The water-holding capacity of the soil is the amount of water that soil can absorb given the effects of gravity upon the soil. Particle size and amount of organic matter present plays a big role in water-holding capacity. When talking about water retention in regards to farming, soil is desirable when it's able to keep water in its pores rather than allowing it to penetrate further and further into the crust.
When talking about particle size and water retention, smaller particles correlate with higher levels of water retention. Larger particles will allow for the water to more easily flow to lower layers. In addition to this, organic matter in soil tends to increase water retention, because organic matter tends to absorb water. The type of soil that has the most water retention is loam which has an equal amount of small, medium, and large particles.
Various particle sizes can impact the characteristics of soil in a big way. Some of the characteristics that are impacted by soil size include porosity, permeability, and fertility.
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Porosity describes how porous soil is. Larger particles have larger pore sizes, making soil more porous as the particle size increases.
Permeability is the ability of nutrients and water to move down the soil horizons. Larger particles increase the permeability of soil because there is more space between the particles. Soil is more permeable the more space it has for water to move through.
The fertility of the soil considers its nutrient levels and to what extent it is able to support vegetation. These nutrients can include elements like phosphorus or nitrogen and can be impacted by how much biomatter is in the soil. Some soils also have a capacity at which their nutrient limit is reached.
Some of the chemical properties of soil include pH and cation exchange. Soil pH is how acidic or basic soil is. This can shift based on current environment or pollutants and it can have an impact on the plants that are able to grow. Often, acidic soil is caused by pollution and acid rain. Cation exchange is another chemical property of soil that can be complicated. In its simplest form, cation exchange occurs when soil particles attract cations (atoms with a positive charge). Cation exchange helps to regulate pH of soil; when a soil's cation exchange capacity is high, it is able to maintain stability in its nutrient levels and pH.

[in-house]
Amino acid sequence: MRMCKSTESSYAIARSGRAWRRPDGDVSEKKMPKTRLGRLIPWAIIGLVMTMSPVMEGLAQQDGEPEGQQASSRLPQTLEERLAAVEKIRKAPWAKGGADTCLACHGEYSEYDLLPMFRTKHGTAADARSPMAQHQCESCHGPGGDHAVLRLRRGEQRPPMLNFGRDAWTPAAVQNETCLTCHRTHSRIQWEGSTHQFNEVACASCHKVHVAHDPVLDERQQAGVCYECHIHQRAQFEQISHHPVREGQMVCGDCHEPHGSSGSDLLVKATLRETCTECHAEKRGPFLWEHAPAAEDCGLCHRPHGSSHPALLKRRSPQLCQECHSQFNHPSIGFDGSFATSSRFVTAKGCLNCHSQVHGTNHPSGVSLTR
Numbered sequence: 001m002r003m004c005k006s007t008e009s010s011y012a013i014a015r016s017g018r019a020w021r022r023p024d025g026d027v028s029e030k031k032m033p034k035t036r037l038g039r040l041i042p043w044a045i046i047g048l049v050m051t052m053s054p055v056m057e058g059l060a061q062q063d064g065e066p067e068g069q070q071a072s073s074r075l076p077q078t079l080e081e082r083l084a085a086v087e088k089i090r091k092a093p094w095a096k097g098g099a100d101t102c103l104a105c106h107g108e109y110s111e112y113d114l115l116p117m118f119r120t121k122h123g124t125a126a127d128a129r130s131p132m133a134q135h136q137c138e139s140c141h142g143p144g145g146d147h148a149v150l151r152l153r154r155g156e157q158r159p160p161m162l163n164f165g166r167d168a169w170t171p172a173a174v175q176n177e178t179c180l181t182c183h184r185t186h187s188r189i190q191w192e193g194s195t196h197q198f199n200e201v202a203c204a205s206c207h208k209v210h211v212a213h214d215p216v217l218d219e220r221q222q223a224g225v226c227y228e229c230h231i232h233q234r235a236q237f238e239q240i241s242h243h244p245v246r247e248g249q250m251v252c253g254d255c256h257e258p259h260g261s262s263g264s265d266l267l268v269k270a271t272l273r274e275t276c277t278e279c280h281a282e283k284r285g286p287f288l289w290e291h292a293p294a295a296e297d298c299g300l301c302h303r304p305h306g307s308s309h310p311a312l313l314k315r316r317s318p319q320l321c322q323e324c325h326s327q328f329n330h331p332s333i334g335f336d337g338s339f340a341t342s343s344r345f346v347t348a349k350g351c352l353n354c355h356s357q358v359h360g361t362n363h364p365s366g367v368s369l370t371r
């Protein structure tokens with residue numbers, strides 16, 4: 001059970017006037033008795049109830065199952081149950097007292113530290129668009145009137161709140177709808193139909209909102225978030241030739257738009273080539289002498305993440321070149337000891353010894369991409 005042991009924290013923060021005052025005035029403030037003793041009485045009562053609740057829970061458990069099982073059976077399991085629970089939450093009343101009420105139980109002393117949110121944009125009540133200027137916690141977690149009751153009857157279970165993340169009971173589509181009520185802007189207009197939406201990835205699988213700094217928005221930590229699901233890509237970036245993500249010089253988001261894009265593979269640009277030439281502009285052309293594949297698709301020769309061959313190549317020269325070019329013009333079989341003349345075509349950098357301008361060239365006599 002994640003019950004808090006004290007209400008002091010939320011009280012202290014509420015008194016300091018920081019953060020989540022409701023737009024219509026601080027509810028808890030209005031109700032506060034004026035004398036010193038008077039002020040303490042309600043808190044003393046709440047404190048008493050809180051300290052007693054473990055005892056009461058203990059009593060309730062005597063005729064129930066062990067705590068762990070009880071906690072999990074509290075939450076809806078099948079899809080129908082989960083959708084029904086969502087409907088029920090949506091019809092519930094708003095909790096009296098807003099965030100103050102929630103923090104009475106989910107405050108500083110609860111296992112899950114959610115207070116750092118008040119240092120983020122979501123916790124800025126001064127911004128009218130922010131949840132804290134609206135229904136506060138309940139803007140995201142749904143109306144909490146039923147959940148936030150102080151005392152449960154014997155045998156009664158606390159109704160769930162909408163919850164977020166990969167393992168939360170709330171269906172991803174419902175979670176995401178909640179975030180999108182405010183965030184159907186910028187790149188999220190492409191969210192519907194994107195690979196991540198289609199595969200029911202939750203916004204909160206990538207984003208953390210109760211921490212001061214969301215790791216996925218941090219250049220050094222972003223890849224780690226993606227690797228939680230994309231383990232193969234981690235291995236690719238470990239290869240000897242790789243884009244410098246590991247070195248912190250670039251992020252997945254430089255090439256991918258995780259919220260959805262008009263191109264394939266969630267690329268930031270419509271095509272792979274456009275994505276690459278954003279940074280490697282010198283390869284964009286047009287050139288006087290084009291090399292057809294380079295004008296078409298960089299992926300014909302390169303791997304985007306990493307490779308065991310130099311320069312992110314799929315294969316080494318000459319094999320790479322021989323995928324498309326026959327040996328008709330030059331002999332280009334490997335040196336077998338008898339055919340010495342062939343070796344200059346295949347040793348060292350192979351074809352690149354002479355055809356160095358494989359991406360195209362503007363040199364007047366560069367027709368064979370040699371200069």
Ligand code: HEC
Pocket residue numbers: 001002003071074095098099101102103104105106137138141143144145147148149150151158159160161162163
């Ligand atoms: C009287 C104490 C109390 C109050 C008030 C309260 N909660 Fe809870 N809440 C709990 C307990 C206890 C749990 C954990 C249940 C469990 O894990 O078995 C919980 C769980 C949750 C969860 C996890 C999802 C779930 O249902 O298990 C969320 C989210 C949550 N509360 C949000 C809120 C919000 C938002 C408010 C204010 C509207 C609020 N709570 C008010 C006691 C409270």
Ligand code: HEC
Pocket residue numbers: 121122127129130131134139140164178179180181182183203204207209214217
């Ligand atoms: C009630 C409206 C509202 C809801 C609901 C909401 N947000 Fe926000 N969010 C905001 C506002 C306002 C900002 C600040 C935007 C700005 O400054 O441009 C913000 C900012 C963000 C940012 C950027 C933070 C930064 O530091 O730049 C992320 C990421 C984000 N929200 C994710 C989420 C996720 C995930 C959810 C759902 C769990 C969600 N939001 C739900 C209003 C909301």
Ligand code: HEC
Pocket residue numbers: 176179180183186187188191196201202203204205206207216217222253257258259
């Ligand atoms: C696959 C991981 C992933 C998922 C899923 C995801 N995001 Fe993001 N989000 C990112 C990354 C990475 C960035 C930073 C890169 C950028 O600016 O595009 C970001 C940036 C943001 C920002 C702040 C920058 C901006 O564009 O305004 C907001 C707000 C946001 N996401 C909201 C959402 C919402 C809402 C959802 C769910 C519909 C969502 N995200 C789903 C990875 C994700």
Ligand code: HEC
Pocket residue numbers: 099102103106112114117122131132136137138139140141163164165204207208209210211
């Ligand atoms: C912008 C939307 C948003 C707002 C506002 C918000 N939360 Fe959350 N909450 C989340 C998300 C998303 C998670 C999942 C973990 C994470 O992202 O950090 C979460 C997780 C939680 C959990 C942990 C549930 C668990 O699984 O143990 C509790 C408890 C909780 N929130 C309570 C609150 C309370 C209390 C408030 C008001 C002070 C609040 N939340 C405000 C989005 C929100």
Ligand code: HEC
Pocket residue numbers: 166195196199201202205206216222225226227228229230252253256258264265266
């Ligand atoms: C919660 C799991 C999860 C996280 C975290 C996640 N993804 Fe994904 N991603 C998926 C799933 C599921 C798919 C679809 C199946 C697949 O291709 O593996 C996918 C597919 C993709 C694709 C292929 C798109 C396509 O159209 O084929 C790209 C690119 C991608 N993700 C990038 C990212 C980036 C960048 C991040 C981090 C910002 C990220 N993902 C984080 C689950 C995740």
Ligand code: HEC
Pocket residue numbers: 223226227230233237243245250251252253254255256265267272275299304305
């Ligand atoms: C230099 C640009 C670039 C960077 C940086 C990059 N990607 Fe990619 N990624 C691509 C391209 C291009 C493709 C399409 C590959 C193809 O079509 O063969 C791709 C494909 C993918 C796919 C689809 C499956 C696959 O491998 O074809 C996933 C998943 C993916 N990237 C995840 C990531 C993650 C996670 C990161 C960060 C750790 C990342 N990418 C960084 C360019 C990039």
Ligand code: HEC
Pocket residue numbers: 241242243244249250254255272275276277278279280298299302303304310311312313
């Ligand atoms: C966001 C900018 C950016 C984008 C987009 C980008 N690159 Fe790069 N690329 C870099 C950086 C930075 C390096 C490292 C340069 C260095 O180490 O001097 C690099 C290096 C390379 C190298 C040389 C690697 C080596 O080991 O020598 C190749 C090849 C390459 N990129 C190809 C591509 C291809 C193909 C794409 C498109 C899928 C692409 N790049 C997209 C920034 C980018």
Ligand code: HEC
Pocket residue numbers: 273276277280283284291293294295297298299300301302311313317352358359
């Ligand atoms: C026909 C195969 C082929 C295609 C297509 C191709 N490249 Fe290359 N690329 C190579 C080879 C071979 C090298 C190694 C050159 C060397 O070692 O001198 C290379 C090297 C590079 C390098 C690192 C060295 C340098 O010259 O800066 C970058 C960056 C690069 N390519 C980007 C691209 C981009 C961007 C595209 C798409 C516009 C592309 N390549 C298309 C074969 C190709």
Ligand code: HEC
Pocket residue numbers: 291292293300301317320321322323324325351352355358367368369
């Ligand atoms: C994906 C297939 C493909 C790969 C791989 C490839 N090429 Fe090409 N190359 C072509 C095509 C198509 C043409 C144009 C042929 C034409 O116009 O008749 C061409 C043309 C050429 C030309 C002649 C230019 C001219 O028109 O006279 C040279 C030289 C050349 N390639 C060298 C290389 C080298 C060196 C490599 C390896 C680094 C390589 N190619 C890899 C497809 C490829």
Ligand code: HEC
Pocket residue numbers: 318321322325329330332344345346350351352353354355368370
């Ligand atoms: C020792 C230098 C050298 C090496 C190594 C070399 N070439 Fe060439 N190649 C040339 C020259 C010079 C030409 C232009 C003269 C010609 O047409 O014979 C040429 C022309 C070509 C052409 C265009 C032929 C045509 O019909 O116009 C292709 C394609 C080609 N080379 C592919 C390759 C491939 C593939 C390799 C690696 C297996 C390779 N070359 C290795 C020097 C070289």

Some of the physical properties of soil are aeration, soil compaction, permeability, and particle size. A few of these properties were discussed earlier.
Aeration is the ability of soil to take in essentials like nutrients, water, and oxygen. Soil with good aeration is able to take in needed amounts of sunlight and water which is key to fostering plant growth.
Soil compaction is how compacted the soil particles are. This can affect porosity, permeability, and aeration given space between individual particles. When soil is heavily compacted, there are few large pores and space is limited. Thus, there are fewer pockets of water, air, or other essential nutrients.
Permeability is also negatively impacted by this because tightly packed soil won't allow nutrients to get through.
The biological properties of soil are determined by the organisms and plants that live in it. This means soil composition and consistency will vary depending on biome or climate. Species like fungi and bacteria can help develop a soil's composition in ways unlike other species'.
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The soil texture triangle allows us to identify soil using the percentage of clay, silt, and sand. The angle of the numbers shows you the way the lines go for each type of particle. For example, clay lines go straight across, silt lines go down diagonally, and sand lines go up diagonally. To use a soil texture triangle, you follow the lines of each particle based on percent. The point where the lines intersect is the type of soil it is. For example, if we had a soil sample with 20% clay, 50% sand, and 30% silt, we would have loam.